As soon as you hear the phrase flying carpet, your brain, in a fraction of second, draws a picture of characters out of The Arabian Nights sitting on it. However, the time of The Arabian Nights is over, and a flying carpet has landed in the real world.

A Princeton University graduate student with origins in India has designed a miniature magic carpet made of plastic, which took flight in a laboratory there.

According to a BBC report, the 4-inch (10-centimeter) sheet of smart transparency is driven by ripple power, waves of electrical current driving thin pockets of air from front to back underneath it.

The prototype, described in Applied Physics Letters, moves at speeds of about a centimeter per second. Improvements to the design could raise that to as much as a meter per second.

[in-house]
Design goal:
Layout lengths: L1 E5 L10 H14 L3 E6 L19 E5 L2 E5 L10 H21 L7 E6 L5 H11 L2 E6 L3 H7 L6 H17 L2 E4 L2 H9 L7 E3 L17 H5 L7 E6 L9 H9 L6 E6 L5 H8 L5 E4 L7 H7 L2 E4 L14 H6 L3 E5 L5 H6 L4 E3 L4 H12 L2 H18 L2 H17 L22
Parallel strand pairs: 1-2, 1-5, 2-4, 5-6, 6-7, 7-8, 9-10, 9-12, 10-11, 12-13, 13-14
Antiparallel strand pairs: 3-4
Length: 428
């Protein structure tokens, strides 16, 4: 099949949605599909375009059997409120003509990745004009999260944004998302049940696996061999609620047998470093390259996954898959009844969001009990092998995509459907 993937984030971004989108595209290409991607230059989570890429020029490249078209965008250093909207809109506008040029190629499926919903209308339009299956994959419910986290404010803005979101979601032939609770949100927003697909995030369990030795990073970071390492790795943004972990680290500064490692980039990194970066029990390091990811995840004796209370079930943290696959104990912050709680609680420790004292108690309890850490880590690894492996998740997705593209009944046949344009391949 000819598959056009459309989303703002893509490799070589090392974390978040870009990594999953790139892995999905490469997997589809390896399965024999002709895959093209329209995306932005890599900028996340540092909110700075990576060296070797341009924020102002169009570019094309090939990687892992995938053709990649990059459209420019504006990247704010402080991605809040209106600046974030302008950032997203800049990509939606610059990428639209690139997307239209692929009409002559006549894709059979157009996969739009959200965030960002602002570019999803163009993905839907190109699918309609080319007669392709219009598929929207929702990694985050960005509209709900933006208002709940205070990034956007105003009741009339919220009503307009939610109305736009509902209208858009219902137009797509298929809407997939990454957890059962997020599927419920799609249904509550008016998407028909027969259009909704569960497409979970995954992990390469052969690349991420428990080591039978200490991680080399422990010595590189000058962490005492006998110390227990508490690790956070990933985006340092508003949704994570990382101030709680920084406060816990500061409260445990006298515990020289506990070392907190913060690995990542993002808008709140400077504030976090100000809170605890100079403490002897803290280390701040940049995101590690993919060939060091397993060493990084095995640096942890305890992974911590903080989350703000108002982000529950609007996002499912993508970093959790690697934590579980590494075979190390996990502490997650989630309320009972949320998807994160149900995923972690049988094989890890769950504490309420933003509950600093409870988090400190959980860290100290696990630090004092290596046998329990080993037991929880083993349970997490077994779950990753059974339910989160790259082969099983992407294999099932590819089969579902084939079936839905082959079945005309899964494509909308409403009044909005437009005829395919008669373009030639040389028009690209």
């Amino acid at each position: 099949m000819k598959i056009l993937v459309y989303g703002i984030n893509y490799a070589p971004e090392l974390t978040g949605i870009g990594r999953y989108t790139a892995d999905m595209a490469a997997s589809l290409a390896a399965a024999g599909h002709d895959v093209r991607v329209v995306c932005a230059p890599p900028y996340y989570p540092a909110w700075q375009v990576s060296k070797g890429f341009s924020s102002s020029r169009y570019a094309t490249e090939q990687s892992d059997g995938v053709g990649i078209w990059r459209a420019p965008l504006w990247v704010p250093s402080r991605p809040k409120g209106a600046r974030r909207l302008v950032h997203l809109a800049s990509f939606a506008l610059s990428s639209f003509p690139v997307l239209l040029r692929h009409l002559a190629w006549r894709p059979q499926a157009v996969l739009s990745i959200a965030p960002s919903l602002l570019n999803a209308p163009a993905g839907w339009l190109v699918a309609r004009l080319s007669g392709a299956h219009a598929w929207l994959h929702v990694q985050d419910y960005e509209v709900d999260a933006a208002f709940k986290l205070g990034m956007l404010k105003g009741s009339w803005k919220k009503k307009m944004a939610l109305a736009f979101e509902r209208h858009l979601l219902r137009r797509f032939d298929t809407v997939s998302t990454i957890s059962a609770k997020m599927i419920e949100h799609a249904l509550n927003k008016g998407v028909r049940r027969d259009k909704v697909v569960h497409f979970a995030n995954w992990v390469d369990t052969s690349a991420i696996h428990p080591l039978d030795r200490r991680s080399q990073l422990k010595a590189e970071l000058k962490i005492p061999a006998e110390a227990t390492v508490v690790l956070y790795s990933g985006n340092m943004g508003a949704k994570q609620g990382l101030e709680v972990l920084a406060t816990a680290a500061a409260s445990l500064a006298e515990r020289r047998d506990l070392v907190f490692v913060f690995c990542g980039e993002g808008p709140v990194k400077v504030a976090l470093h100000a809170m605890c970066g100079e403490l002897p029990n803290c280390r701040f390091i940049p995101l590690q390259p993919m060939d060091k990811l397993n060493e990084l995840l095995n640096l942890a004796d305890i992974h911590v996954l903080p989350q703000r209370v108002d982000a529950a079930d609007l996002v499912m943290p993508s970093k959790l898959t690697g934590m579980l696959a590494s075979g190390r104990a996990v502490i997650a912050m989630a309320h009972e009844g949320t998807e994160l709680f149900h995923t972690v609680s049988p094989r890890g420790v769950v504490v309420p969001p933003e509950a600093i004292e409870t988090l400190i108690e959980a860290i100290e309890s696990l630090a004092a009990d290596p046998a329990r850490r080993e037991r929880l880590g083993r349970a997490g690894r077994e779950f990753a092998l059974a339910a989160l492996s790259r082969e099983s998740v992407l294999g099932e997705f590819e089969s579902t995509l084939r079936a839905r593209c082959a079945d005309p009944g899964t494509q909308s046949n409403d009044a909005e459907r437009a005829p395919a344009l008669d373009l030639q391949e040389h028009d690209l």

Talking about his creation, Joah Jafferis said: It has to keep close to the ground because the air is then trapped between the sheet and the ground. As the waves move along the sheet, it basically pumps the air out the back.

The designer of the thin carpet is also working on a solar-powered version that would not require a battery tether. The solar version might be able to travel a longer distance than the battery-powered version does.

What was difficult was controlling the precise behavior of the sheet as it deformed at high frequencies, James Sturm, the professor who leads Jafferis' research group, told the BBC.

However, the research team has kept the word flying in quotes as the device has more in common with a hovercraft than with an airplane.